Scott Weiland was pronounced dead on December 3, after being found unconscious in a bedroom on his tour bus. Friends and fans are grieving his tragic death and there is Twitter memorial for the late star.
Billboard reports that they obtained a copy of the search warrant Bloomington, Minnesota, police obtained to search Scott Weiland’s tour bus. A suspicious white substance was found on the bus.
“… unknown white substance packaged in baggies [was] located in the bedroom in plain view.”
The substance was later confirmed to be cocaine, and police also found a bag containing a “green leafy substance,” Viagra, painkillers, sleeping pills, and Ziprasidone (often used to treat bipolar disorder).
Even though Scott Weiland died just last Saturday, according to his children, Noah and Lucy, and their mother, Mary Forsberg Weiland, for them he actually died much earlier than that. In fact, according to a letter penned by Forsberg Weiland and the children, who are now in their teens, and published in Rolling Stone, he was lost to them years ago. The letter states this quite plainly.
“But the truth is, like so many other kids, they lost their father years ago. What they truly lost on December 3rd was hope.”
— Variety (@Variety) December 8, 2015
The letter paid respect due to a talented musician, while calling attention to a truth in today’s society, that this is a society that glorifies artists who are breaking down due to mental illness.
“We don’t want to downplay Scott’s amazing talent, presence or his ability to light up any stage with brilliant electricity. So many people have been gracious enough to praise his gift. The music is here to stay. But at some point, someone needs to step up and point out that yes, this will happen again – because as a society we almost encourage it. We read awful show reviews, watch videos of artists falling down, unable to recall their lyrics streaming on a teleprompter just a few feet away. And then we click ‘add to cart’ because what actually belongs in a hospital is now considered art.”
Forsberg Weiland also makes it clear in the letter that it is about the children, about paying attention to them, giving them the time they need and deserve and making a difference in their lives.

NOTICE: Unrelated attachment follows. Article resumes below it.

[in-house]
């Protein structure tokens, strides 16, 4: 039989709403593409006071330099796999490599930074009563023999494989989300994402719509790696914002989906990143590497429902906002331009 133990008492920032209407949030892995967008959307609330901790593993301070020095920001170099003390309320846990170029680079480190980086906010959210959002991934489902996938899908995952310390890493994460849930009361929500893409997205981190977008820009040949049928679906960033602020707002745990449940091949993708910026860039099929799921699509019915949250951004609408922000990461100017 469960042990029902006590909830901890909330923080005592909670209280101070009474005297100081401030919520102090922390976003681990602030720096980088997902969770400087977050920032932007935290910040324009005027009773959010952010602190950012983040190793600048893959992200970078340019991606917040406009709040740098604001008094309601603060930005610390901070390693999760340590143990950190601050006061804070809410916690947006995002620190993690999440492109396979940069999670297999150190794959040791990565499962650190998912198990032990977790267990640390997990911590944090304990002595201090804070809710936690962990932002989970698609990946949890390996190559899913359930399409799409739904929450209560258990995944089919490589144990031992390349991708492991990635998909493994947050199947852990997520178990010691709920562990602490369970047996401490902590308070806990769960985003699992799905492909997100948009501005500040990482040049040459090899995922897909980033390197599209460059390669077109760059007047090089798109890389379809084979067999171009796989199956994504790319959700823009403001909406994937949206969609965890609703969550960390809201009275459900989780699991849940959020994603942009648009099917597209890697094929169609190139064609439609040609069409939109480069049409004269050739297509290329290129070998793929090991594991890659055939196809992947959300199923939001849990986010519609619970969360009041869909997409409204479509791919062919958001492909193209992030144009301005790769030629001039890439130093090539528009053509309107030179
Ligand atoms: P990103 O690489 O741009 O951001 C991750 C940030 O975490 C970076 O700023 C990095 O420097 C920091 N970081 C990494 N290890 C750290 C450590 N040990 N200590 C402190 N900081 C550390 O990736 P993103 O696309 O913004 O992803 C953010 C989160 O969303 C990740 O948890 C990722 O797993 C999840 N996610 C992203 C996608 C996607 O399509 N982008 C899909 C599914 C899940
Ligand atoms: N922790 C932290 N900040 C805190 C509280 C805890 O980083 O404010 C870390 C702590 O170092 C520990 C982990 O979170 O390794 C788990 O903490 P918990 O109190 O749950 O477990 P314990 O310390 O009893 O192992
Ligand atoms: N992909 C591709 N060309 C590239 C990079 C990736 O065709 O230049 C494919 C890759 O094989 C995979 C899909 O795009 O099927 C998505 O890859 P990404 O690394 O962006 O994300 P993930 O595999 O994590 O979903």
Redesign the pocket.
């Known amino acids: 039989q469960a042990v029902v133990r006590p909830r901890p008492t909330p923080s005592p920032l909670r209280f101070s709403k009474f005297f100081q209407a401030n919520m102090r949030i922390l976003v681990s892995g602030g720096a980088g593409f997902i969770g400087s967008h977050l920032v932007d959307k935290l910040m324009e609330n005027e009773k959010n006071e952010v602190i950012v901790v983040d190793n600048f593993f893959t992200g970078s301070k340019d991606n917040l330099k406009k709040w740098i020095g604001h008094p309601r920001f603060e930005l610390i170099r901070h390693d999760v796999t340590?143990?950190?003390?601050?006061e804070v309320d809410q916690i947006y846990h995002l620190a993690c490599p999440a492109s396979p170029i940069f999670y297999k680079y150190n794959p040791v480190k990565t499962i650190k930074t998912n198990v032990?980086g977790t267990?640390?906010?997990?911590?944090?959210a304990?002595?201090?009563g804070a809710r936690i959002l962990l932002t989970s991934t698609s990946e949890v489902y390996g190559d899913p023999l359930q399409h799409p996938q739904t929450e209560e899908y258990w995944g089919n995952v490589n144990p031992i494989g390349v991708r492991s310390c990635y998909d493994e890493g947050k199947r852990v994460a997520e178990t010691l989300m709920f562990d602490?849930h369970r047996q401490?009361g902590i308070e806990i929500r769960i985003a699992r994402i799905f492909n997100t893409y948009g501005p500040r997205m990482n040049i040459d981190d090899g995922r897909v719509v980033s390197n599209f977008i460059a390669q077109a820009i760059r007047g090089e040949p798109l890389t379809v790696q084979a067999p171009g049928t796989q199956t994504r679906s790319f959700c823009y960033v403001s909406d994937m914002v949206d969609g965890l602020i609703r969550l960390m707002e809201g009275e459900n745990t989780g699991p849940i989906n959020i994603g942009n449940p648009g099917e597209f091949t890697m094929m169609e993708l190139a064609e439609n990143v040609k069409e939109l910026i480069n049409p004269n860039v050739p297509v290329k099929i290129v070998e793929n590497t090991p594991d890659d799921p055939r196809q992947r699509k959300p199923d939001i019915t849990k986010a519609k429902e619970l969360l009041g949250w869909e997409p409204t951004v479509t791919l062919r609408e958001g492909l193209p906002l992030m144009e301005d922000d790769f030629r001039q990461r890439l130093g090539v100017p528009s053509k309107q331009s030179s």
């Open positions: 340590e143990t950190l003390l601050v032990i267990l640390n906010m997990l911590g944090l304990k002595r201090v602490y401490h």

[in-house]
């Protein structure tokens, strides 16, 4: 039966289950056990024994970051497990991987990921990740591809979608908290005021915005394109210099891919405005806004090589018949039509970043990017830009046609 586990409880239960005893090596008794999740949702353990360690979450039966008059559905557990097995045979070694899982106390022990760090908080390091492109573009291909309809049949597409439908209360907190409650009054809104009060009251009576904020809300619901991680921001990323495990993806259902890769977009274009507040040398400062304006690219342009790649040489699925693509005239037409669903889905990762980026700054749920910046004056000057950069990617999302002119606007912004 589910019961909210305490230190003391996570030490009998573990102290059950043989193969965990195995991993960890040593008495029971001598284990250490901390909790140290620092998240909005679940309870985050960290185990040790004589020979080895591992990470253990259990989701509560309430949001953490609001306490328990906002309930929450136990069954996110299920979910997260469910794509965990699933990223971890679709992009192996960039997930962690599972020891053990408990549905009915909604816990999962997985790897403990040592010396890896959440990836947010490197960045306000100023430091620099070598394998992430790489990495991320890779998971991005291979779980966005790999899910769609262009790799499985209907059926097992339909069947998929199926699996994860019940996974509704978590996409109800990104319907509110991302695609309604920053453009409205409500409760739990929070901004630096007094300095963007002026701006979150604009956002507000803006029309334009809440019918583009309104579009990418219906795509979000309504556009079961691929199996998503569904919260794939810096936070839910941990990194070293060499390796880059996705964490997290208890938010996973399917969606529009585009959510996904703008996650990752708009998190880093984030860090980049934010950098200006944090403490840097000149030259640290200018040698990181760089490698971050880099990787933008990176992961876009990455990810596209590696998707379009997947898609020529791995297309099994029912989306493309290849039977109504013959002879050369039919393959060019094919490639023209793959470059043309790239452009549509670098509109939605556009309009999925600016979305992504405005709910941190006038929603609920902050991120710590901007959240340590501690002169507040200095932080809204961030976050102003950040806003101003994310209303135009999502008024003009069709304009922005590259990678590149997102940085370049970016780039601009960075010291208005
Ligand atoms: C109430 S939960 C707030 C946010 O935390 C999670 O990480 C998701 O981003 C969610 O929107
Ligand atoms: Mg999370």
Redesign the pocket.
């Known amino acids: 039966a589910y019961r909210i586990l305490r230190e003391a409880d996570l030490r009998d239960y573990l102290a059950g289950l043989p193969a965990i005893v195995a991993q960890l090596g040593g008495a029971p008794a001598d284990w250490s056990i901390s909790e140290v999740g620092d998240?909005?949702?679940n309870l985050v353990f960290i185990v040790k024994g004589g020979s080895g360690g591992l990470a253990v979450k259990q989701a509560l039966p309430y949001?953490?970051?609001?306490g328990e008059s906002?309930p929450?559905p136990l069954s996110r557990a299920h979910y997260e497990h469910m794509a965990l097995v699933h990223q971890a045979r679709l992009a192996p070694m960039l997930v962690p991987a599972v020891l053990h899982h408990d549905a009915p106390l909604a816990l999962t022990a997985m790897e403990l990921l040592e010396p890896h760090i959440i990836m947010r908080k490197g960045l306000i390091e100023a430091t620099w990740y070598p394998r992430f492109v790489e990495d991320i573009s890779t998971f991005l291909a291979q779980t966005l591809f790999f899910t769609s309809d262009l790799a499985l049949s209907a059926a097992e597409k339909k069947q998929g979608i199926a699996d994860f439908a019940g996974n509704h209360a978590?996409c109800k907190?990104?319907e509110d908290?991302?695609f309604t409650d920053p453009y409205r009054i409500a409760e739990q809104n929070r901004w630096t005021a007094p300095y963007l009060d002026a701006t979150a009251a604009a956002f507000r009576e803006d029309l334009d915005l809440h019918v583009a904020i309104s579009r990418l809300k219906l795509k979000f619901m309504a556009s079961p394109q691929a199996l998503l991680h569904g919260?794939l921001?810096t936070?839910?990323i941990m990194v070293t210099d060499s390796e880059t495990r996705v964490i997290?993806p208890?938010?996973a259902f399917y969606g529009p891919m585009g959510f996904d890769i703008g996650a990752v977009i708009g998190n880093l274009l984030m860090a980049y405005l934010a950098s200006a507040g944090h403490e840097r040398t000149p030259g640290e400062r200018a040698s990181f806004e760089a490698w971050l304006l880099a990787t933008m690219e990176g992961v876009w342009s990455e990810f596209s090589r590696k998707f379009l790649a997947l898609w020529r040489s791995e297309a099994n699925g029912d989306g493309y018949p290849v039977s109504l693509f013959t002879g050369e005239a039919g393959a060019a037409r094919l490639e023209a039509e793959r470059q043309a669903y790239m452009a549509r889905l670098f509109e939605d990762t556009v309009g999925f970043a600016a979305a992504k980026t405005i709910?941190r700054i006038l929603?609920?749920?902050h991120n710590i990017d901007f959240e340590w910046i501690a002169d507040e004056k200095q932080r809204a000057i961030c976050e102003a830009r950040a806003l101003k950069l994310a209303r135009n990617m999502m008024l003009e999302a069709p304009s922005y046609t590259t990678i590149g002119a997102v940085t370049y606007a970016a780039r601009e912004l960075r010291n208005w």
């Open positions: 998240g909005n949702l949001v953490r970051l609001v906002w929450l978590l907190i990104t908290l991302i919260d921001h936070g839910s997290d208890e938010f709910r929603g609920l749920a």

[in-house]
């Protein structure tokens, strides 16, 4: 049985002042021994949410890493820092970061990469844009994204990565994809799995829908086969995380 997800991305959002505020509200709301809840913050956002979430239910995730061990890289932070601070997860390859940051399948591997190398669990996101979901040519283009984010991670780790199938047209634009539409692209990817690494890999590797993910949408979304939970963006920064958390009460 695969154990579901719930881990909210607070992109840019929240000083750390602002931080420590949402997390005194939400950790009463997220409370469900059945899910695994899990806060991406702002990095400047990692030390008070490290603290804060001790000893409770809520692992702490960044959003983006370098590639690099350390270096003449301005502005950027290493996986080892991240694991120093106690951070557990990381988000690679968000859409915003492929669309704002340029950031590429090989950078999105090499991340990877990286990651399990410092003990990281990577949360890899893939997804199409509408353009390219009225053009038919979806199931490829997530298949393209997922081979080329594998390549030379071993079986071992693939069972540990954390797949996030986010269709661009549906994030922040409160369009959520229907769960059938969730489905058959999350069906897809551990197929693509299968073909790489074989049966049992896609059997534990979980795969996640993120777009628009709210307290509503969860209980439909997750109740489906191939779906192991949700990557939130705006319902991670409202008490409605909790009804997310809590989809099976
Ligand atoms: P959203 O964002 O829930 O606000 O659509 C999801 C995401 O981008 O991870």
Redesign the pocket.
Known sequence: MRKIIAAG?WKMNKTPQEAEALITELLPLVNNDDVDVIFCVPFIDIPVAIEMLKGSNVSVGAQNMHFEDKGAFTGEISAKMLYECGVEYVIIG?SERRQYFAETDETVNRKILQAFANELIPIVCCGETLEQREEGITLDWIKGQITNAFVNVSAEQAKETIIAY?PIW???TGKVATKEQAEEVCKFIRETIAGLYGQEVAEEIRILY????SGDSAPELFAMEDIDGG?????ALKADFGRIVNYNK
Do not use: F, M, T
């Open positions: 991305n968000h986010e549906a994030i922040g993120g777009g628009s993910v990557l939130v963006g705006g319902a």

“Noah and Lucy never sought perfection from their dad. They just kept hoping for a little effort. If you’re a parent not giving your best effort, all anyone asks is that you try just a little harder and don’t give up. Progress, not perfection, is what your children are praying for. Our hope for Scott has died, but there is still hope for others. Let’s choose to make this the first time we don’t glorify this tragedy with talk of rock and roll and the demons that, by the way, don’t have to come with it. Skip the depressing T-shirt with 1967-2015 on it – use the money to take a kid to a ballgame or out for ice cream.”
— The Age (@theage) December 9, 2015
Alternative Nation reports that Joe Howard, a close friend of Scott Weiland, had lunch with him just prior to his death and responded to Forsberg Weiland’s open letter.
“Wow! It’s pretty funny that I sat at a lunch last week with Scott and Tommy Black and Scott was very upset at the fact that his ex moved the kids out if state and shut him out from them. He was upset and frustrated about it. We got into a ‘I miss my kids’ conversation and he was visually upset by this. So much that I had to change the topic.”
Clearly, Scott Weiland’s life was layered with complex issues. However, he was adored by his fans. Check out this video for the Stone Temple Pilots song, “Plush,” which was voted the No. 1 favorite by Rolling Stone readers.
R.I.P. Scott Weiland.
[Composite image containing photos by Theo Wargo, Larry Busacca/Getty Images]